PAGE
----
Category: fanartist

Interview: Nikki

Today we’re joined by Nikki. Nikki is a wonderful fanartist who does
digital art and is an avid cosplayer. She mostly sells digital art at
conventions, where she also shows off her incredible cosplays. It’s
clear she’s a dedicated artist who loves what she does. My thanks to her
for taking the time to participate in this interview.

WORK

Please, tell us about
your art.

I am a digital artist & cosplayer!  I sell fanart at cons, do commission work,
and, well, build cosplays!

What inspires you?

For my cosplay, characters who I see part of myself in
inspire me the most.  Strong women,
mostly.  I’ve also just made cosplays
because the character design/execution in the original media look cool.

For art, I find that real somber, sad scenes inspire
me.  I’m not entirely sure the reasoning,
but it resonates with me more than happy, cheerful stuff.

by Daily Bugle Photography

What got you
interested in your field?  Have you
always wanted to be an artist?

I’ve always been interested in art of any form, but I don’t
think I actively wanted to be an artist until around 2 or 3 years ago.  I also didn’t know I wanted to seriously do
cosplaying until maybe a year ago!  As
for what got me interested in cosplaying, I think it’d have to be the utter
confidence being in costume gives me.  I
love putting in hours and days of work into a cosplay, putting it on, and
showing the world what I made with my own two hands!

Do you have any kind
of special or unique signature, symbol, or feature you include in your work
that you’d be willing to reveal?

Not that I can really think of!  I do have a little trinket given to me by
Guerrilla Games, the company who made Horizon Zero Dawn that I wear when I
cosplay from the game!  I also have a
bracelet my best friend gave me that matches the aesthetic of the game that I
wear, too!

What advice would you
give young aspiring artists?

Very cliched, but keep practicing!  Nothing has to be perfect, in art, cosplay,
really anything, so don’t stress the small details.  That, and, if you put your heart and soul into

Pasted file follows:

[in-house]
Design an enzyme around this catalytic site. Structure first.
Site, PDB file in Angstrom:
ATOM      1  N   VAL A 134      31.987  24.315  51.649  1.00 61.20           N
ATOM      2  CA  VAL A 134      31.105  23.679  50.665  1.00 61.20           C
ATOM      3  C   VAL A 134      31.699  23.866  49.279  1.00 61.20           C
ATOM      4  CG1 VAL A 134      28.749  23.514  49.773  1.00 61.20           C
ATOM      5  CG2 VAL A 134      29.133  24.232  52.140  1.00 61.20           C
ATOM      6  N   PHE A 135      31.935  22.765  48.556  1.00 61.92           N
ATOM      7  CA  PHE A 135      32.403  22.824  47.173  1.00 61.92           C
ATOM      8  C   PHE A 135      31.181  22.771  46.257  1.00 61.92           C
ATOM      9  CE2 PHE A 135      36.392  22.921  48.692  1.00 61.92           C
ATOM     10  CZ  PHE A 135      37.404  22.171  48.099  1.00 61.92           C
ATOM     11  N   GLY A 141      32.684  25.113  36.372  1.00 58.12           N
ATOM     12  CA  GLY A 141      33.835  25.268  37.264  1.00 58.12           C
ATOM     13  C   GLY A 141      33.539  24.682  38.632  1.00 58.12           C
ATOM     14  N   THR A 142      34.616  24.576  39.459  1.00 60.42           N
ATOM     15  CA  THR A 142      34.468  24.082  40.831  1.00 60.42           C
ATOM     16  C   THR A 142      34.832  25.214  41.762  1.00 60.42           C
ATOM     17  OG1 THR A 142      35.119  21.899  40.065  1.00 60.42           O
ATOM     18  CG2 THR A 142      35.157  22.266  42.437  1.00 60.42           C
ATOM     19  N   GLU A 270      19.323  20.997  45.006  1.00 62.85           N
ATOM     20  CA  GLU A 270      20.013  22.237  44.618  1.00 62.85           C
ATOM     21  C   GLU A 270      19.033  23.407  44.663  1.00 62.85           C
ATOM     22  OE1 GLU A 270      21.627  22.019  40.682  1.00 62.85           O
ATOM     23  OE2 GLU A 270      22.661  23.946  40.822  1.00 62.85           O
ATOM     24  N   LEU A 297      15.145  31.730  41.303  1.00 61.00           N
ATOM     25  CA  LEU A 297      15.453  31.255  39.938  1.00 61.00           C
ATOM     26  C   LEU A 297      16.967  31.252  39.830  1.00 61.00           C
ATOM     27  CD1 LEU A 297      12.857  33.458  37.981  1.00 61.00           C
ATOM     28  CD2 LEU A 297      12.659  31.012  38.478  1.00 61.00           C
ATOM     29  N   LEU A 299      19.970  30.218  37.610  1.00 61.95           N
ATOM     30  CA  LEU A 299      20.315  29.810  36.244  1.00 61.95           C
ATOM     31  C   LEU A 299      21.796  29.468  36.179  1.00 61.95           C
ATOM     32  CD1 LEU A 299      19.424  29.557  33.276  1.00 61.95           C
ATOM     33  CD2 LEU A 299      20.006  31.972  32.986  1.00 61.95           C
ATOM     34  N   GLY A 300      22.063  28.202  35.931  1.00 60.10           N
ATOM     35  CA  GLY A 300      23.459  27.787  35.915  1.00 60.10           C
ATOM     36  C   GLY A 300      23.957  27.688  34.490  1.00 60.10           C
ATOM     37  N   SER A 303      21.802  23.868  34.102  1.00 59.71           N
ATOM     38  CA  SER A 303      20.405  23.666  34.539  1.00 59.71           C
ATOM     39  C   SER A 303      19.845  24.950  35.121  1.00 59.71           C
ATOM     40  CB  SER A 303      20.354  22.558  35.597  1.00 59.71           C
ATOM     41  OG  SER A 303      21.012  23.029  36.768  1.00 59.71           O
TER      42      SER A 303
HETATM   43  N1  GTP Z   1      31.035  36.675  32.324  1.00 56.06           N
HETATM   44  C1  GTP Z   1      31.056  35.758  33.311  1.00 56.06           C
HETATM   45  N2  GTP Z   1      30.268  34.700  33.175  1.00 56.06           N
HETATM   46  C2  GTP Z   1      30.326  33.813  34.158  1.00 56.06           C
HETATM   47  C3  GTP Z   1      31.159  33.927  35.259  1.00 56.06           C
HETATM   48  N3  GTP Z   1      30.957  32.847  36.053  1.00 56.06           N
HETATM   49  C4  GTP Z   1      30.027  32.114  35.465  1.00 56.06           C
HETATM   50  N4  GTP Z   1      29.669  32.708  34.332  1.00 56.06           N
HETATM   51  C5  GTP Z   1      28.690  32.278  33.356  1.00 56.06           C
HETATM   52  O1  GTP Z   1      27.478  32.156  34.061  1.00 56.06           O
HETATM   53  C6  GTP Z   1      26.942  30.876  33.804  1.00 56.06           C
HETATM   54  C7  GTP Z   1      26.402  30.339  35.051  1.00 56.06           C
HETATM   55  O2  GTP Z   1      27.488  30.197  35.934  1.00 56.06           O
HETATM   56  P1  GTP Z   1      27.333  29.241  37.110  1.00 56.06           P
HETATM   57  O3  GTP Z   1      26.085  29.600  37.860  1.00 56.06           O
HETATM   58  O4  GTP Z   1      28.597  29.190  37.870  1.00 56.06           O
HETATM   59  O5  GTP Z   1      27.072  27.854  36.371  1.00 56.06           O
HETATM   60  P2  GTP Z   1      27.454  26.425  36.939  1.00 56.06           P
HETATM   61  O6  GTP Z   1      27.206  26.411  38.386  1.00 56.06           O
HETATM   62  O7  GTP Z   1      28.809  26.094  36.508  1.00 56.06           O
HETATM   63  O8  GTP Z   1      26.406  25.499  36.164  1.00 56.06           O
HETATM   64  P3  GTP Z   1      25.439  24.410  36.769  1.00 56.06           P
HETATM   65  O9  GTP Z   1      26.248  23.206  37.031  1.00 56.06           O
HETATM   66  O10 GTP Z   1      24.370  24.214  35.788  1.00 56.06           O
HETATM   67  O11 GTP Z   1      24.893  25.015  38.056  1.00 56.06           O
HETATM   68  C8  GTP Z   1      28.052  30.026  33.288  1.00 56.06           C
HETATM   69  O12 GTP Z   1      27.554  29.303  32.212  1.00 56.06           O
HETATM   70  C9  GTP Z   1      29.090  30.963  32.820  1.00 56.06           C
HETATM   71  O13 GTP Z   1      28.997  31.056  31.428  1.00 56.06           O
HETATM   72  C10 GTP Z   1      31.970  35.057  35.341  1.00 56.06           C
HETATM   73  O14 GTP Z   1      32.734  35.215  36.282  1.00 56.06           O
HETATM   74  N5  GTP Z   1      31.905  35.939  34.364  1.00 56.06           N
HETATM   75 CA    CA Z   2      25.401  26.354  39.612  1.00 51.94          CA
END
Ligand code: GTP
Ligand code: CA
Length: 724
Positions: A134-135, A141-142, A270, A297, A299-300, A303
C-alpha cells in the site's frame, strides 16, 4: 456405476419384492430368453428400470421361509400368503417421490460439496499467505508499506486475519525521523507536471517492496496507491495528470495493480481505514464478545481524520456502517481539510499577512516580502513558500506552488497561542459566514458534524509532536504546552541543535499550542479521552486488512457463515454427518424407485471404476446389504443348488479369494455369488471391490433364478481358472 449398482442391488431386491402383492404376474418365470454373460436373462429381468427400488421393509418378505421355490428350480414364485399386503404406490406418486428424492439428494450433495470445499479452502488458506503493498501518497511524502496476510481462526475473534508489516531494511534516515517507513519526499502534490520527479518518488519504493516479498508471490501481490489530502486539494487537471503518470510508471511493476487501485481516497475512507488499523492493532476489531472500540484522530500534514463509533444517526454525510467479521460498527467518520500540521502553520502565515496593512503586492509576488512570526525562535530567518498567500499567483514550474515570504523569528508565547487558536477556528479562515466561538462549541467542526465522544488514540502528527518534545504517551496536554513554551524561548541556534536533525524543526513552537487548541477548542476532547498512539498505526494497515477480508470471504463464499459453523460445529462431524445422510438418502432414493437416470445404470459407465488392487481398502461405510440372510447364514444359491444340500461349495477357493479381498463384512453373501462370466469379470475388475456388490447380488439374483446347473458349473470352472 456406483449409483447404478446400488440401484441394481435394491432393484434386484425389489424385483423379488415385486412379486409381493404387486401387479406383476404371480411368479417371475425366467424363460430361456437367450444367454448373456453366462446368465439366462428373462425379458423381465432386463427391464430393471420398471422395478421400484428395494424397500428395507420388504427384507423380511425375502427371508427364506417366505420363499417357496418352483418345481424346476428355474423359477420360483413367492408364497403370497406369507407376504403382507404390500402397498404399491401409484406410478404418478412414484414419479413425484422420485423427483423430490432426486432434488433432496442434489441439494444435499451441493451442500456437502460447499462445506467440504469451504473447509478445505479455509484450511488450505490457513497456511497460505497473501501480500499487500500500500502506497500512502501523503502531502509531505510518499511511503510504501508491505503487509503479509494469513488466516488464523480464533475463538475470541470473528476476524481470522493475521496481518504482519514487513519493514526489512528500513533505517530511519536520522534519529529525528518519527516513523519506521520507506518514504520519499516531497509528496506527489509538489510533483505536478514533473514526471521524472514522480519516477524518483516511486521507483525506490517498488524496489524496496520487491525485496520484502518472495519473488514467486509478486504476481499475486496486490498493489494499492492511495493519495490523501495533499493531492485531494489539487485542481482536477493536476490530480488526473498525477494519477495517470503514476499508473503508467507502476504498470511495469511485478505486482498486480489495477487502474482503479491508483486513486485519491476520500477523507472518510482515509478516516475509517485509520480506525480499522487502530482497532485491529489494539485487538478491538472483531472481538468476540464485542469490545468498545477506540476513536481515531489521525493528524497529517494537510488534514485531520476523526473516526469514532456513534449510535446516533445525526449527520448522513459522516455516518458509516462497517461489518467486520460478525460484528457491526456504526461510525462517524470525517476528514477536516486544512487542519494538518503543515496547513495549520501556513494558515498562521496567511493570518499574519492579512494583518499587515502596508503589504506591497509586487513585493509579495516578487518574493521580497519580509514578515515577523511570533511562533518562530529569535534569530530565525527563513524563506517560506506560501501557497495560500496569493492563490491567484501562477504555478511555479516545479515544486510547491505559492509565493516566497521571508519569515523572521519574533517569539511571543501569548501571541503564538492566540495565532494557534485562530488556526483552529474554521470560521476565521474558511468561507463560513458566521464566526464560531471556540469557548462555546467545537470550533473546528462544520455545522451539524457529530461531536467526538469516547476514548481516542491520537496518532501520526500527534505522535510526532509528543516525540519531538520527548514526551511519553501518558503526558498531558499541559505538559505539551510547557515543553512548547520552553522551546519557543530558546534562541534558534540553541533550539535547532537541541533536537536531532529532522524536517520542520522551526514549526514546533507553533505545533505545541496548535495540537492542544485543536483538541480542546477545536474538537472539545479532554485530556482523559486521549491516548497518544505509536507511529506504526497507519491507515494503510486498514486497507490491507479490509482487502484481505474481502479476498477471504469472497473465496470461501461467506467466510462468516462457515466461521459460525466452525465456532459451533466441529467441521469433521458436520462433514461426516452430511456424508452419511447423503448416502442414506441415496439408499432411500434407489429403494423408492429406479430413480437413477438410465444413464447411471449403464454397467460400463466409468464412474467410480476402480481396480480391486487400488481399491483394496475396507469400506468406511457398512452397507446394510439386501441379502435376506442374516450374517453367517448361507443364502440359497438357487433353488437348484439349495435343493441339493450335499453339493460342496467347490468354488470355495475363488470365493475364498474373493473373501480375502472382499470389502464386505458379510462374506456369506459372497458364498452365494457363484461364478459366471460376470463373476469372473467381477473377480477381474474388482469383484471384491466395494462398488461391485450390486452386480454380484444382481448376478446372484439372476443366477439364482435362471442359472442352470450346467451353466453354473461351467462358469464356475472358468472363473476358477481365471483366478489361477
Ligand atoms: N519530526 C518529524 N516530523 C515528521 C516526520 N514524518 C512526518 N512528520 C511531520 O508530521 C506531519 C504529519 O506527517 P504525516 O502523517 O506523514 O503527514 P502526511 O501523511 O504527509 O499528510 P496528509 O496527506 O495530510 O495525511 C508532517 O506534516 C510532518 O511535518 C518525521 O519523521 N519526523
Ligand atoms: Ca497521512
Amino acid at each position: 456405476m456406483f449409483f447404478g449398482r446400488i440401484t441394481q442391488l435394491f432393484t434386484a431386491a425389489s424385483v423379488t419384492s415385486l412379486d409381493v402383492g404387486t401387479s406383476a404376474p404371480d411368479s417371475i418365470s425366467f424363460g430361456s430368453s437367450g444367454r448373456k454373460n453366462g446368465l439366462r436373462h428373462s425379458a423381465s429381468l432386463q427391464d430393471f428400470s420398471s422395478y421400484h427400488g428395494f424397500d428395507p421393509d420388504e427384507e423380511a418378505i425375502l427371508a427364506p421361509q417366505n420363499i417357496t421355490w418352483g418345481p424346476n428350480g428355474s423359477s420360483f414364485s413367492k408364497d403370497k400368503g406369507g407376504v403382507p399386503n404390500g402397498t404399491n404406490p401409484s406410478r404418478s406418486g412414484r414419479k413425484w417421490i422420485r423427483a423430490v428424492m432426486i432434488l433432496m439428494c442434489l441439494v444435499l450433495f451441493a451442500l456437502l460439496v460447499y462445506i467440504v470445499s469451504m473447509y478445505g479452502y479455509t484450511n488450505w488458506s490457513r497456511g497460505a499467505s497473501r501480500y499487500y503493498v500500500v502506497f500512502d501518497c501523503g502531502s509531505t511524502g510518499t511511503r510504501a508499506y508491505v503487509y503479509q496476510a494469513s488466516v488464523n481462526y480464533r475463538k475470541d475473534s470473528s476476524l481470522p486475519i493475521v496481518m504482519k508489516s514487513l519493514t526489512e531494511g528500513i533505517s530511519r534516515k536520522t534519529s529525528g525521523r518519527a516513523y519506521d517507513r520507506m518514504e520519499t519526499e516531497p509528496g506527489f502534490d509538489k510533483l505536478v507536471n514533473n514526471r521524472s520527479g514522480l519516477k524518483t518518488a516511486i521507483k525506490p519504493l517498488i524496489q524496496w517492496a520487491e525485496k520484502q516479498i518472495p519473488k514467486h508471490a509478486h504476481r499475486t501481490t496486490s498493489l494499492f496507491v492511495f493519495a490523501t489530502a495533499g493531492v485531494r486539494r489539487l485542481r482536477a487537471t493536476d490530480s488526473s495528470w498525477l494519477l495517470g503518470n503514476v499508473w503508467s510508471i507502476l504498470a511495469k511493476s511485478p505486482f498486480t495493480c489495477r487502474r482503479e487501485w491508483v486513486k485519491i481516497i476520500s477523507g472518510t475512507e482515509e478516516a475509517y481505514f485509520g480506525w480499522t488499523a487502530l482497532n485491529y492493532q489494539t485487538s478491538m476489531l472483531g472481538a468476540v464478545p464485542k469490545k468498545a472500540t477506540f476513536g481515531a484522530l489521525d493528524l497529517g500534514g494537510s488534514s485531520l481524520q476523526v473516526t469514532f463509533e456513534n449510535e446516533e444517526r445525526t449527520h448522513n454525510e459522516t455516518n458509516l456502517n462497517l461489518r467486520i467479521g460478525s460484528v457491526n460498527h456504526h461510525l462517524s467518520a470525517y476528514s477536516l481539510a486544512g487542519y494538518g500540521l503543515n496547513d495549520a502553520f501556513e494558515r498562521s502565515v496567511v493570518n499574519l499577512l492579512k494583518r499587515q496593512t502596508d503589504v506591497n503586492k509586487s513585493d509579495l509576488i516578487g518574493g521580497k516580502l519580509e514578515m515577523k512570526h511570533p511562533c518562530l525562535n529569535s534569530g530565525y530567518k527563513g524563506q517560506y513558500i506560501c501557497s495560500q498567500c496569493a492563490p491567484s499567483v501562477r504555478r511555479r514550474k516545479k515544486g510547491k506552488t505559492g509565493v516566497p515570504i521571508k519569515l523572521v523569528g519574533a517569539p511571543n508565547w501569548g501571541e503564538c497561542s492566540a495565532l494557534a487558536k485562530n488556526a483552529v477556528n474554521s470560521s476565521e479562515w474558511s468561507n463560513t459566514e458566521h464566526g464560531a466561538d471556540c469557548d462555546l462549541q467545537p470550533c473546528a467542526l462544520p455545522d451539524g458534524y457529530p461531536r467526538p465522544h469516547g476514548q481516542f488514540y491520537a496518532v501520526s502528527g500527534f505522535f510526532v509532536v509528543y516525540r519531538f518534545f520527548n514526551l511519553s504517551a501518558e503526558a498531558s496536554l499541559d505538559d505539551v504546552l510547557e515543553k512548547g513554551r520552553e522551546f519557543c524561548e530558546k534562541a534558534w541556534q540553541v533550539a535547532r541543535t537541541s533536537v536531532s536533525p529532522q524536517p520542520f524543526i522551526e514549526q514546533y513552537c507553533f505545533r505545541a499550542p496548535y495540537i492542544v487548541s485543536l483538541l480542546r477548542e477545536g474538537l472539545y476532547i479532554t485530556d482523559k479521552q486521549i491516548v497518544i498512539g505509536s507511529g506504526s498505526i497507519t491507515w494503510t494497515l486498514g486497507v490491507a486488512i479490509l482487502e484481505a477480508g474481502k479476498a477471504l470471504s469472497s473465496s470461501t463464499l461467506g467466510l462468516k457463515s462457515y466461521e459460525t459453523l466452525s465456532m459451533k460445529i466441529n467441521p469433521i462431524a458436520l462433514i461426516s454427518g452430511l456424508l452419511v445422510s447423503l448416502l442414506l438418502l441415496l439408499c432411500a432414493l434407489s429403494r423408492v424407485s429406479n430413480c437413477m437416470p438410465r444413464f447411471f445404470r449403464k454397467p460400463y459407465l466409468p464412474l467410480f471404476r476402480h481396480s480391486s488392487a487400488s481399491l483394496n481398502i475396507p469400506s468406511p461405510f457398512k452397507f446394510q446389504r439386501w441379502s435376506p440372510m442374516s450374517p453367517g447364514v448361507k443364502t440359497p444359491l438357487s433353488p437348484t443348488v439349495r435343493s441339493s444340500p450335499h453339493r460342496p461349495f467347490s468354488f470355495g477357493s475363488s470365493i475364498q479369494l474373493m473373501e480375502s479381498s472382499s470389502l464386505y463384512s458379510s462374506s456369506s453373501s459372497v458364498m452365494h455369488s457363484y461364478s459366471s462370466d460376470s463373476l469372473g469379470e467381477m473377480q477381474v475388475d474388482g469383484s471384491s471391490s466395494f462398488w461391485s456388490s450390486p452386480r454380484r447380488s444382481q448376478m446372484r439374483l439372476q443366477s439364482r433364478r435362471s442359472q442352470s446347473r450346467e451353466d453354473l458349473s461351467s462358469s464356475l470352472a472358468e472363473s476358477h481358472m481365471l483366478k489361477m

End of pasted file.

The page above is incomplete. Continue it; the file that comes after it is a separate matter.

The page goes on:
your work, it will show, no matter your skill level.

by Final Eva Productions

ASEXUALITY

Where on the spectrum
do you identify?

I am fully Asexual, and most likely greyromantic, but I’m
not sure about that.

Have you encountered
any kind of ace prejudice or ignorance in your field?  If so, how do you handle it?

Not that I’ve seen, but you never know what people say when
you’re not there.

What’s the most
common misconception about asexuality that you’ve encountered?

I think the most common misconception that I see is that
it’s about libido or interest in sex, which isn’t the case.  Just like there can be allosexuals can be
uninterested in sex or have a low libido, an asexual can have interest in sex
and/or a high libido.

What advice would you
give to any asexual individuals out there who might be struggling with their
orientation?

First and foremost, whether you’re asexual or not, that
doesn’t change who you are.  If you feel
comfortable identifying as ace, that’s wonderful!  If you don’t, you don’t have to! Maybe it
will just take some getting used to, or maybe the label just isn’t what you’re
feeling, and that’s perfectly okay.  No
one else can decide who you are, only you can. All I can hope for is that you
love yourself.

Finally, where can
people find out more about your work?

Anyone who is interested can find me on Tumblr and Instagram at AceArtCosplay,
and on Facebook at Ace Art
& Cosplay
.  I try to post updates
as much as I can, but it doesn’t always happen.

Thank you, Nikki, for participating in this interview and this project. It’s very much appreciated.

Interview: Jacob

Today we’re joined by Jacob, who is known on social media as Jacob’s Jottings. Jacob is a phenomenal author who writes both original fiction, nonfiction, and fanfiction. For nonfiction, he writes about autism and mental health for the site “The Mighty.” For fiction, he has mostly written fanfiction and original short stories, but has recently taken on two large projects. One involves a detective in post-war Britain and the other is about an autistic wizard (which is something i would absolutely love to read because it sounds fantastic). It’s clear he’s a dedicated and passionate writer, as you’ll soon read. My thanks to him for taking the time to participate in this interview.

WORK

Please, tell us about
your art.

I’m a writer, and I’ve really started to come out of my
shell in the last few years. I’ve always written short stories and never shown
them to anyone before, but that changed when my friends started writing
fan-fiction, and my English teacher at college told me to attend a creative
writing club.